Our goal is for CAMS to become a widely accessible tool that clinicians can use to help identify and track symptoms of mental health problems in people from diverse backgrounds. In the past, technology such as eye tracking and facial expression detection algorithms have been developed using data from non-diverse samples and were therefore limited in their ability to serve a broad range of populations. By collecting large amounts of data from diverse populations in these early stages of CAMS to be used as input in machine learning approaches we will be well-positioned to ultimately build a tool that will accurately identify mental health problems across diverse populations.  

Very interesting approach to evaluation of mental illness.  Will you be deliberately recruiting any UCSF patients (e.g., through clinic or EHR data querying), or just patients in the community?  Do the patients need to have symptoms of mental illness, or would you take anyone (in the interest of developing your "control" responses in CAMS)? 

Thank you, Mark. We are excited about the project and think it has the potential to be high-impact.

To answer your question, in order to develop the predictive power of CAMS we are interested in sampling people with a wide range of mental health statuses.  We would indeed recruit people in the community with symptoms of mental illness as well as those who do not endorse symptoms (to develop control responses, as you mentioned above). Since members of our team do have access to mental health clinics, our aim is to recruit from these settings as well. Ideally, this approach will yield a sample with no, mild, moderate, and more severe symptoms of mental illness as reported by standardized rating scales. We believe this will greatly faciliate the development of CAMS into a robust tool.


1) would the CAMS be a stand alone assessment or be part of a larger assessment process that includes in-person / face to face interaction? 

2) As community members, if this is a stand alone assessment, we find it difficult to believe that community would want to be assessed in this manner. From a Latin@ standpoint, in person face to face interactions are so part of our cultural lifestyle. Even in mental health training, we know that relationship building is critical to receiving accurate information about a person. Rapport is so key to effective mental health interventions and ultimate treatment outcomes. There are so many nuances, includindg cultural cues, within any racial/ethnic group.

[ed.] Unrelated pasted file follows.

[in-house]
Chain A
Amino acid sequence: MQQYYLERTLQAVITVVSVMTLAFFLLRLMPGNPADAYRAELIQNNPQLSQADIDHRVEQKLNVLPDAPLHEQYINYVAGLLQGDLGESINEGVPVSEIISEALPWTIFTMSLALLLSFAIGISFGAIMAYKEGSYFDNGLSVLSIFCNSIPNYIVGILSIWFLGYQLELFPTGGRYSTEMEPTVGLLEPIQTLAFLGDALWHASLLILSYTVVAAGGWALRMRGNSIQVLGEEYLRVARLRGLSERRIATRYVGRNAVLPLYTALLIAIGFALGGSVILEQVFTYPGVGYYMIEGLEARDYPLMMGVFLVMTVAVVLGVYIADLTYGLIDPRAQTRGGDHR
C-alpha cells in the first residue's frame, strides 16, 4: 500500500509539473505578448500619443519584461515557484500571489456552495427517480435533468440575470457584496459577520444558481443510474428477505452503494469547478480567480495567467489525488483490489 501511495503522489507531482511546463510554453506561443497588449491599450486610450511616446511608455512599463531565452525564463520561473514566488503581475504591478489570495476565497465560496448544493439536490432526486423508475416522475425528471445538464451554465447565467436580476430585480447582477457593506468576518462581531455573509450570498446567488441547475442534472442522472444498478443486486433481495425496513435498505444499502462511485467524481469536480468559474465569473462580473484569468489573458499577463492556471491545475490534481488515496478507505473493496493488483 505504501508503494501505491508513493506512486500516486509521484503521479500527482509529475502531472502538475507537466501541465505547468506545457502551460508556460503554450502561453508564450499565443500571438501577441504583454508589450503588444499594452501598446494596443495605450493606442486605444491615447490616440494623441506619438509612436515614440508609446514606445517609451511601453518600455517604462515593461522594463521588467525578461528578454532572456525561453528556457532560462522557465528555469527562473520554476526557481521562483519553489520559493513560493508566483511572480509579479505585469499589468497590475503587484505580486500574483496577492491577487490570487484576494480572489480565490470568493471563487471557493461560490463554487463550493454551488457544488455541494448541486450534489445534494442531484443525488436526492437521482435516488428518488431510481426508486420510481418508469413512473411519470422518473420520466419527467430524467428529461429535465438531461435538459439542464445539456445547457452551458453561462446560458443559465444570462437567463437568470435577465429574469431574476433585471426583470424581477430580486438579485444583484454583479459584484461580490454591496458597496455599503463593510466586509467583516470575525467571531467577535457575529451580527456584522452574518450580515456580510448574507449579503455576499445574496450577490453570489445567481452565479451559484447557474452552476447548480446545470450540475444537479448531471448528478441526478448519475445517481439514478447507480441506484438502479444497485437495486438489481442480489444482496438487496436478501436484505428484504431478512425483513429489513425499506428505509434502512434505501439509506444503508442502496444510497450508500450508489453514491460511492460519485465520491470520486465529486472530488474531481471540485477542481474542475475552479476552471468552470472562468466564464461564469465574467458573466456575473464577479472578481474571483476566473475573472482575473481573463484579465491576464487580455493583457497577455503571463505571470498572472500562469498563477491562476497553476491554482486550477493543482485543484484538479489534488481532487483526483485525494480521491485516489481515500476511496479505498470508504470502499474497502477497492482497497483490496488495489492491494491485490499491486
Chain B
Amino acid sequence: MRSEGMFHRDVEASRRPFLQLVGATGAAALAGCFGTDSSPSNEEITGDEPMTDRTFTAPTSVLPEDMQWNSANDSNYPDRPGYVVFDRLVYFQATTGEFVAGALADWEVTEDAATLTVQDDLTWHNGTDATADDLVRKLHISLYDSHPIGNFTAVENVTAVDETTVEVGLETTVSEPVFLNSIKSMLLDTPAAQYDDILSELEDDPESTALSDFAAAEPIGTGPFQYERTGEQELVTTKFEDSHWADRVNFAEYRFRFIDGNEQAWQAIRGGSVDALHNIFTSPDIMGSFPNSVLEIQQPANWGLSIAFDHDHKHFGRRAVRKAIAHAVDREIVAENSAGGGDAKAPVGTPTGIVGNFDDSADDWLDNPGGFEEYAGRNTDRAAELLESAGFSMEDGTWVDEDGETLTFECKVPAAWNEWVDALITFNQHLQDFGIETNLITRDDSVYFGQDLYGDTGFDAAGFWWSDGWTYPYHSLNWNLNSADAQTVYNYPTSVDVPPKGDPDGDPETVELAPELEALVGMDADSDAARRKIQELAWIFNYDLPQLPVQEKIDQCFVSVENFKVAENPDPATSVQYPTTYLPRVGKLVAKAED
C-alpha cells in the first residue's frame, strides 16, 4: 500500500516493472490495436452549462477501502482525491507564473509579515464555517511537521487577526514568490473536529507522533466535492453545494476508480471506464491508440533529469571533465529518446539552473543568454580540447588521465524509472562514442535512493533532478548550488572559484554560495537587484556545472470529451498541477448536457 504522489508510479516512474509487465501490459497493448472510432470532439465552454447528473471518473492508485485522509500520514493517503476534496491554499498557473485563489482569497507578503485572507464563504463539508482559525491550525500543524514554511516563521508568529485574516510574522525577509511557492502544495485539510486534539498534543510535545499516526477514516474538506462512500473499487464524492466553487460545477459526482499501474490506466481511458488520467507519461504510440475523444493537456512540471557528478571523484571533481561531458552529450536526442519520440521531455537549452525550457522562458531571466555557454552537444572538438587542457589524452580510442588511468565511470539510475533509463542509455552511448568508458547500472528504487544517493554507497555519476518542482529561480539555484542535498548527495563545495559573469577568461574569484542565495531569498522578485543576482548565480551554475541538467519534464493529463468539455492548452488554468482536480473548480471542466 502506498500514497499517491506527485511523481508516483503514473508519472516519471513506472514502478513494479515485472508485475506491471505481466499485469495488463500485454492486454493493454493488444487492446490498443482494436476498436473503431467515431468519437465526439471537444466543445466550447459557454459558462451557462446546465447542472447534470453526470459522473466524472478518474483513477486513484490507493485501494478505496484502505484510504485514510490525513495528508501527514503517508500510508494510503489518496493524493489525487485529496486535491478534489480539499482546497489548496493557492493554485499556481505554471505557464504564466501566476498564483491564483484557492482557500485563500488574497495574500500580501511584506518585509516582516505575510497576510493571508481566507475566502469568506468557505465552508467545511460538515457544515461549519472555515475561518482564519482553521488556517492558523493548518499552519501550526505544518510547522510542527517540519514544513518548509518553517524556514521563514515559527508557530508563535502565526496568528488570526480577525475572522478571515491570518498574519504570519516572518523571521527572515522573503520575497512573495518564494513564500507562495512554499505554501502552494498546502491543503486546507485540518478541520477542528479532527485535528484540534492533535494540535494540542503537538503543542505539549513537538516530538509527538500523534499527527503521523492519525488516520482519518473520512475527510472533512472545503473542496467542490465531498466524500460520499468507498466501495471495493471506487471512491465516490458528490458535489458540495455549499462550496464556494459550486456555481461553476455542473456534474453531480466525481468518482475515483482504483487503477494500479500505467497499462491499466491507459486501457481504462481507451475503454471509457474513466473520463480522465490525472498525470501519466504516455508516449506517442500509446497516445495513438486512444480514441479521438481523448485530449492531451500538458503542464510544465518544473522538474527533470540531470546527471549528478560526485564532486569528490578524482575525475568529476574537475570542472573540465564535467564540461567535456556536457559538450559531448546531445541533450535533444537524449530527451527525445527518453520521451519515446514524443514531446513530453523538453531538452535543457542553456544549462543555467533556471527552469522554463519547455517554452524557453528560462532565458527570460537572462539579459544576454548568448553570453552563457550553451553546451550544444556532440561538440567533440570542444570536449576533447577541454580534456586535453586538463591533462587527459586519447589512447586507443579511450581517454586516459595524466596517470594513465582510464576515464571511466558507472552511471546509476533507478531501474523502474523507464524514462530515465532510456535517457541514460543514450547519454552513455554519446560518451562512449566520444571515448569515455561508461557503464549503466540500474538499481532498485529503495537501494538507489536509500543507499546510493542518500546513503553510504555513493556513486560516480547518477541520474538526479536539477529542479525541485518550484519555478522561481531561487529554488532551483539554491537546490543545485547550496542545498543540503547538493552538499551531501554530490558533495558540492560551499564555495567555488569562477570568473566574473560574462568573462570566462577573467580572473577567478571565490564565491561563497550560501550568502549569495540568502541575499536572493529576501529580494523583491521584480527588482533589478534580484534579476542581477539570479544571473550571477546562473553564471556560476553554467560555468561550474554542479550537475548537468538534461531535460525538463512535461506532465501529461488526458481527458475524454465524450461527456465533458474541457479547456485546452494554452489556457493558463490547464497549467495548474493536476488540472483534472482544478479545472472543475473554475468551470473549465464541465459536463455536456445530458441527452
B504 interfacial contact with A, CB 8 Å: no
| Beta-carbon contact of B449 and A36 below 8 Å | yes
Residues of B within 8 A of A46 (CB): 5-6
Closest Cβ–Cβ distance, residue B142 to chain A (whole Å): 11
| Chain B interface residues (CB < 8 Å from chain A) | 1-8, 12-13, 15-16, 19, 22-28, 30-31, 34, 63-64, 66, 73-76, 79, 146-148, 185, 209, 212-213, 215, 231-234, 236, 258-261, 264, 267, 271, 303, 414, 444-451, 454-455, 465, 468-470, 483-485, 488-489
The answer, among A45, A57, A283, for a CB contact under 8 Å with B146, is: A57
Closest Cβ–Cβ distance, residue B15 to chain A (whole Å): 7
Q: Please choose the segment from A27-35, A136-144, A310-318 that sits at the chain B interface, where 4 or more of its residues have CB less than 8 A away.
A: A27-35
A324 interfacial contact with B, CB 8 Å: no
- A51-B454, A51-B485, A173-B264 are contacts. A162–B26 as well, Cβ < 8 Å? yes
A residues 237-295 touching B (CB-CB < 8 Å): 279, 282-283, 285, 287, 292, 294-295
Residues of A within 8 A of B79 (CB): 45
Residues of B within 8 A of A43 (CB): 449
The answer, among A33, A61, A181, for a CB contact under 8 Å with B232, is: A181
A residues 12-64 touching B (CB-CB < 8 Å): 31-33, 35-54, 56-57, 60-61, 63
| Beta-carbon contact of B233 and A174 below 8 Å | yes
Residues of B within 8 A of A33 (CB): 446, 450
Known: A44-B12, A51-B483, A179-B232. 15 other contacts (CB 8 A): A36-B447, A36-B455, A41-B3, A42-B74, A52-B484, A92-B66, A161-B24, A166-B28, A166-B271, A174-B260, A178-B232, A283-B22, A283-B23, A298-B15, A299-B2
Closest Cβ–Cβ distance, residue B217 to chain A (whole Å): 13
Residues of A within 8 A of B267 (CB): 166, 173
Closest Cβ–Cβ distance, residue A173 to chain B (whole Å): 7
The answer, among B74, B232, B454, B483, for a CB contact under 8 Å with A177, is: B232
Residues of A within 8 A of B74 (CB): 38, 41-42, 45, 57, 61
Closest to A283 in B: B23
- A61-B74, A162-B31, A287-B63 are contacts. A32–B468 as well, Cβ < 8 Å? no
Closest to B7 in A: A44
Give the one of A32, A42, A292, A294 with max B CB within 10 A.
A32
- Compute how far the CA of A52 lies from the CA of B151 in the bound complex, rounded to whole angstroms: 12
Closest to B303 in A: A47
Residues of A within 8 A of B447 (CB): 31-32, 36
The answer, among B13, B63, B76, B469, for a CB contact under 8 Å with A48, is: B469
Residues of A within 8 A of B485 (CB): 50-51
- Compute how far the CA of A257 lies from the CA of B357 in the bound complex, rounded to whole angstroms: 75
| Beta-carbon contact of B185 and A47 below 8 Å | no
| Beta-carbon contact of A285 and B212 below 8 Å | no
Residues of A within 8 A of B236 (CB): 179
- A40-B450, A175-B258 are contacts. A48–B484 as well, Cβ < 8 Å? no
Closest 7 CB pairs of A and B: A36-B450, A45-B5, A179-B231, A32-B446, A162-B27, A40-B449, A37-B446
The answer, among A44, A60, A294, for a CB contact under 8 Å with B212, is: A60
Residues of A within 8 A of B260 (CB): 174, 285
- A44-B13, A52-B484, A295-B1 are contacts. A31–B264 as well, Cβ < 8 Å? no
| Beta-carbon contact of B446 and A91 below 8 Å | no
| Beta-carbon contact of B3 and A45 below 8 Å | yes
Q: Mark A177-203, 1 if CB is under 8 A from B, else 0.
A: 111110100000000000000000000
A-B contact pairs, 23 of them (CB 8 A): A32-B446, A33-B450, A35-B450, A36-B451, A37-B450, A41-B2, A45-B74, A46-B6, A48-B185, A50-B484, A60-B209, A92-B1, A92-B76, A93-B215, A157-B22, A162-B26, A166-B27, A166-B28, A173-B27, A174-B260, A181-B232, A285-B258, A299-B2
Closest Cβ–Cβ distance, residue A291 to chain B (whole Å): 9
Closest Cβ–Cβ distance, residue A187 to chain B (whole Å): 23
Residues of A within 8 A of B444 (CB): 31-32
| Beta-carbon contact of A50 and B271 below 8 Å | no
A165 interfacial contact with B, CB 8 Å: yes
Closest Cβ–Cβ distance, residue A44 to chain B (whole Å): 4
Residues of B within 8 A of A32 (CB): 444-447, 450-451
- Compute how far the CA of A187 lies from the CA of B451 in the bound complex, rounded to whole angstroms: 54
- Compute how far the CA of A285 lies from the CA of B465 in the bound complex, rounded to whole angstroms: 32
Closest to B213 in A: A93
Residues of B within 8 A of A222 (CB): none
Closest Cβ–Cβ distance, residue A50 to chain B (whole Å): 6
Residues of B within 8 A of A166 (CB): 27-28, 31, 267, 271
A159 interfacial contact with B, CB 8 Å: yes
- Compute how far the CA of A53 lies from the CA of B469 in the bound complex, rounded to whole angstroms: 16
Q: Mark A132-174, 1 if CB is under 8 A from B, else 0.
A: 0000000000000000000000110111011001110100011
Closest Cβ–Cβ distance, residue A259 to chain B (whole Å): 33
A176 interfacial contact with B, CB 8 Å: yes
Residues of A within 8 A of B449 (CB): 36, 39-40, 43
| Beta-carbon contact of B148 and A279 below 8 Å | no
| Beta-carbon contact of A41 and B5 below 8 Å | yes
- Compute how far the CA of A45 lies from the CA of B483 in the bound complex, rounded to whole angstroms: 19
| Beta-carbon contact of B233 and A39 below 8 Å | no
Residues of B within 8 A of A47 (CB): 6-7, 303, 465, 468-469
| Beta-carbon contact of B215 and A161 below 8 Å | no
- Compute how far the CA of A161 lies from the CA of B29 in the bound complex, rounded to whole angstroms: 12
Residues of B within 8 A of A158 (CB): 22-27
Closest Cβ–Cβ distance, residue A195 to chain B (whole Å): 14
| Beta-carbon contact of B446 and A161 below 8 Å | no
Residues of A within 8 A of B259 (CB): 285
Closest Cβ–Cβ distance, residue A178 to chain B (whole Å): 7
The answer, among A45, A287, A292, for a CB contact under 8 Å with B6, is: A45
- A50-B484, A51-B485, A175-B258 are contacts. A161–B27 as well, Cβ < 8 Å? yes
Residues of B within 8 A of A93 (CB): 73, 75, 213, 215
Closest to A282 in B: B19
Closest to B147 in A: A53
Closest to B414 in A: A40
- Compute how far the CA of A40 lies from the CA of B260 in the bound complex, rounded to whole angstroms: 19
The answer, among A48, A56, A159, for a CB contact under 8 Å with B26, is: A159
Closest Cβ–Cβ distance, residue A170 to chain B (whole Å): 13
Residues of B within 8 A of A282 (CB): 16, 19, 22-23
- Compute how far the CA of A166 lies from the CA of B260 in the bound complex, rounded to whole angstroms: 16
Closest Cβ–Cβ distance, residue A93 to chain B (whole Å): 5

Thank you for bringing up both of these questions, Angela. 

We do not believe that any remote assessment of a person's mental health status can ever be "stand alone." Ordering a panel of blood tests does not replace a visit to the primary care doctor's office--it provides critical, objective information that can lead to important adjustments in a patient's care. As psychiatrists, we are oriented first and foremost towards face-to-face interactions and building trust with patients over time. However, being solely dependent on in-person interactions for all of our data has major implications for some of our patients who, for example, have to skip a day of work to take a 2 hour bus trip each way in order to get to each appointment. While we do not wish to replace in-person interactions, we do want to complement them, as we believe this can improve access to close monitoring. Furthermore, we do not believe that subjective assessments alone are sufficient to serve our patients. When we read a fellow clinician's documentation describing a patient's affect at a visit one month ago as "somewhat labile", it is challenging to understand exactly what that means. Is that clinician's definition of "labile" the same as ours? Was there something about that interaction that could have led to a biased assessment of the patient's affect? How can we use this information to understand whether the patient is doing better or worse than they were one month ago? We believe there is value to bringing more objectivity into mental health assessment in order to guide treatment & bring us closer to the approaches used in other areas of medicine. Just as a primary care doctor reviews recent hemoglobin A1c results with a patient who has diabetes during a visit, we hope that in the future mental health care providers can sit with their patients and review data from assessments like CAMS.